The act of taking the knee rose to prominence in 2016 when NFL player Colin Kaepernick sat and later knelt during the US national anthem, in a gesture that became a common form of protest over racism and police brutality against black people.
Premier League and England players began doing it before matches in the wake of the killing of George Floyd by a police officer in Minneapolis in 2020, which prompted a wave of protests across the world over systemic discrimination faced by black people.
Chancellor Jeremy Hunt considering further public spending cut to boost tax giveaway in budget
Jeremy Hunt is considering a last minute further cut to public spending to boost the tax giveaway in Wednesday’s budget.
The Politics At Jack And Sam’s podcast, out now, set out how Number 10 and 11 have spent recent days finding as many different ways of raising future revenue as possible to increase the size of Wednesday’s tax cuts.
National insurance could be cut by 2p again in the budget if the chancellor succeeds in finding the right mix of revenue raising measures and spending cuts.
Currently spending is due to rise 1% above inflation after next year. However, if this was cut to 0.75% above inflation, that would raise £5-6bn.
The chancellor would hope to resist questions about where he would cut, saying he is doing an efficiency drive and decisions would be outlined at a future spending review post election.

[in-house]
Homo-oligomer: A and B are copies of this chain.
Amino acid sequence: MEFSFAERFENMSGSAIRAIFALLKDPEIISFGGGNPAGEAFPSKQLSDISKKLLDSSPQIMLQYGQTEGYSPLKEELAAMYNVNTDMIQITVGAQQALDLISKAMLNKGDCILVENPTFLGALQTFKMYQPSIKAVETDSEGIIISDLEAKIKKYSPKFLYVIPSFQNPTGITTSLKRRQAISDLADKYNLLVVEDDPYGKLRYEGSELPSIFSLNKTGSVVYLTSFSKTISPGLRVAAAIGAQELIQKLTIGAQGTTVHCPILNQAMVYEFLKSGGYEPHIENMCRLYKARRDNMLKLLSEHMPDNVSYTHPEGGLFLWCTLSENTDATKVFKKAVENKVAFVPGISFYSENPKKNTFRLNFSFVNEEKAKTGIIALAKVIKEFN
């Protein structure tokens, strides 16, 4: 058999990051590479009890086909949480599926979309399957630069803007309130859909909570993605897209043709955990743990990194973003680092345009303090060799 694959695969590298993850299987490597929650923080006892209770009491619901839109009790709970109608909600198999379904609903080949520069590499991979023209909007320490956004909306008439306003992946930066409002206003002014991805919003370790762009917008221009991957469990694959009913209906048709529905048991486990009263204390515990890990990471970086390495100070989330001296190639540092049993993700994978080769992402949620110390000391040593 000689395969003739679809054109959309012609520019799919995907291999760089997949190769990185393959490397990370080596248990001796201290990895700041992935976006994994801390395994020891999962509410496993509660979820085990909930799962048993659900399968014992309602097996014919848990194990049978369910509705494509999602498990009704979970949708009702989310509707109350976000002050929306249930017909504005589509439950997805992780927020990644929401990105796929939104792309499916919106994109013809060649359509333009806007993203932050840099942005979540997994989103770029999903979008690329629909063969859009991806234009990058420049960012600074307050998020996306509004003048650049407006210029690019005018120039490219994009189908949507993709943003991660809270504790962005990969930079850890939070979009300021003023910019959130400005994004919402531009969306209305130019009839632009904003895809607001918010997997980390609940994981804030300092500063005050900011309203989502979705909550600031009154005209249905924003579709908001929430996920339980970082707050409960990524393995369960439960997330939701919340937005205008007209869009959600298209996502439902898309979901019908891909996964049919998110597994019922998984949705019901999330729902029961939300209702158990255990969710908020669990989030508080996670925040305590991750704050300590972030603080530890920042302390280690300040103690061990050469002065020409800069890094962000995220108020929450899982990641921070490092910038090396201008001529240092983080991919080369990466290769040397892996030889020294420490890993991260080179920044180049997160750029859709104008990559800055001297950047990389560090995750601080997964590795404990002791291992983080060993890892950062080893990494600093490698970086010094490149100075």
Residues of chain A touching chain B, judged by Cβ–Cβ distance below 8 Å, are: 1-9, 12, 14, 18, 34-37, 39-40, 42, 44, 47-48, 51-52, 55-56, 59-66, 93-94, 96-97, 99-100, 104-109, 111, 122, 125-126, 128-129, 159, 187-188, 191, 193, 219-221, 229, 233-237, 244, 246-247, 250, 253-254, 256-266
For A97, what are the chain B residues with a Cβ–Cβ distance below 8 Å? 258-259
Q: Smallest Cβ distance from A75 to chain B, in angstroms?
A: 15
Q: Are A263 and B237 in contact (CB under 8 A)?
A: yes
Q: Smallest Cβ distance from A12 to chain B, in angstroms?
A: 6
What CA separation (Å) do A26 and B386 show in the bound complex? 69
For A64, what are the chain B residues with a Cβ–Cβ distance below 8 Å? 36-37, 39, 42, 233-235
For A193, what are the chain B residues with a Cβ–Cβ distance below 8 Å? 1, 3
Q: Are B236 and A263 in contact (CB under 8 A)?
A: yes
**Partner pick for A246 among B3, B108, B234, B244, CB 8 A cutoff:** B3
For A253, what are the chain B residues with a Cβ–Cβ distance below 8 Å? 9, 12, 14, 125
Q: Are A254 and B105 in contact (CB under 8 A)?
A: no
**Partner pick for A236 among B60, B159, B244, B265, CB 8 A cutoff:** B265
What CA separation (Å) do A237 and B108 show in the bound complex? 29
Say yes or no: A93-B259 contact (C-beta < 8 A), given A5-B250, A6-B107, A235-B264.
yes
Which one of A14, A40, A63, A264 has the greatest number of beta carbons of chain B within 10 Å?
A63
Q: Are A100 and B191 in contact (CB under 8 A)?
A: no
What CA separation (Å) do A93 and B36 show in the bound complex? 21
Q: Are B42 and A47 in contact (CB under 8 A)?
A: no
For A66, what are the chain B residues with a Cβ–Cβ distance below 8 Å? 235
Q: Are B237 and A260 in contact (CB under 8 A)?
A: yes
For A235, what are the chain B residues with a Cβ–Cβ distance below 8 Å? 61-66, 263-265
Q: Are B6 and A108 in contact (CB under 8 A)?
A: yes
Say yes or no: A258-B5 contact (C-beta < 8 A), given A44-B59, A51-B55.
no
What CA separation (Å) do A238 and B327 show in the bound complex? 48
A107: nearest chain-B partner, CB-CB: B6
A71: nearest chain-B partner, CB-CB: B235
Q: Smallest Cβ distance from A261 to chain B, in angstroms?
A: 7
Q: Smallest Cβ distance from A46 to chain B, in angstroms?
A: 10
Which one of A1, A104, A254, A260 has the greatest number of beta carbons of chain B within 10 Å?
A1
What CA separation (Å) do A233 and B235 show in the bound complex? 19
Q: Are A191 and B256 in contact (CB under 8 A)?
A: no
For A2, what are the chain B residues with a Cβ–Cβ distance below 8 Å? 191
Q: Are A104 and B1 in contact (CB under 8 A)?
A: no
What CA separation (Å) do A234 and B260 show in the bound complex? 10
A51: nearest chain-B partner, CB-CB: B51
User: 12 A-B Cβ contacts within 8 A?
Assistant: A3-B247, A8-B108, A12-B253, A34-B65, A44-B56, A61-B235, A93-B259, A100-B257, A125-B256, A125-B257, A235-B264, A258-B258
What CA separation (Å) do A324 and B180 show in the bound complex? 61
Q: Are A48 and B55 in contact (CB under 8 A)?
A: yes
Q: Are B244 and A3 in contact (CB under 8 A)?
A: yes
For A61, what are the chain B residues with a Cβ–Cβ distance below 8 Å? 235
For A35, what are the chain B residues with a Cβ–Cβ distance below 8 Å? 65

The decision on whether to cut future spending was live in the Treasury as recently as Friday, and this morning the chancellor was arguing about the importance of finding efficiencies.
This is likely to boost Labour’s charge that the government is “maxing out the credit card” to keep its own supporters on side.
However, most Tories in government believe this is a necessary trade-off to allow the party to go into the next election presenting themselves as the low-tax party.
Some senior Tories disagree, however, worrying that the public is more worried about the state of public services than tax cuts.
The budget is likely to have cuts or the abolition of non-dom status, which could raise £2-3bn, plus other small loopholes closing generating a few hundred million in revenue.
The Politics At Jack And Sam’s Podcast also reveals how delaying Contaminated Blood compensation payouts has helped deliver tax cuts.
In January, the Treasury was worried those payments might reduce the amount the chancellor could spend before he reached the borrowing limits from his fiscal rules.
However, the inquiry will not report until later and the government is resisting calls for interim payouts.
Christian Horner ‘absolutely’ expects to remain in charge after claims of inappropriate behaviour
Red Bull boss Christian Horner has said he “absolutely” expects to remain in charge for next week’s Saudi Arabian Grand Prix.
The team principal told Sky Sports F1 that Red Bull is a “very strong team” after reigning world champion Max Verstappen and his teammate Sergio Perez came first and second in Saturday’s Bahrain Grand Prix – the first race of the season.
He said: “We have got tremendous support, tremendous partners and great shareholders behind us as well.
“You don’t achieve this kind of result by not being united.”
Horner was asked if he expects to still be in charge in Jeddah after a tumultuous week to which he replied: “Yes, absolutely. I wouldn’t be here otherwise.”
The 50-year-old watched the podium ceremony with his wife, former Spice Girl Geri Horner, after hundreds of WhatsApp messages reported to have been part of Red Bull’s recent probe were leaked.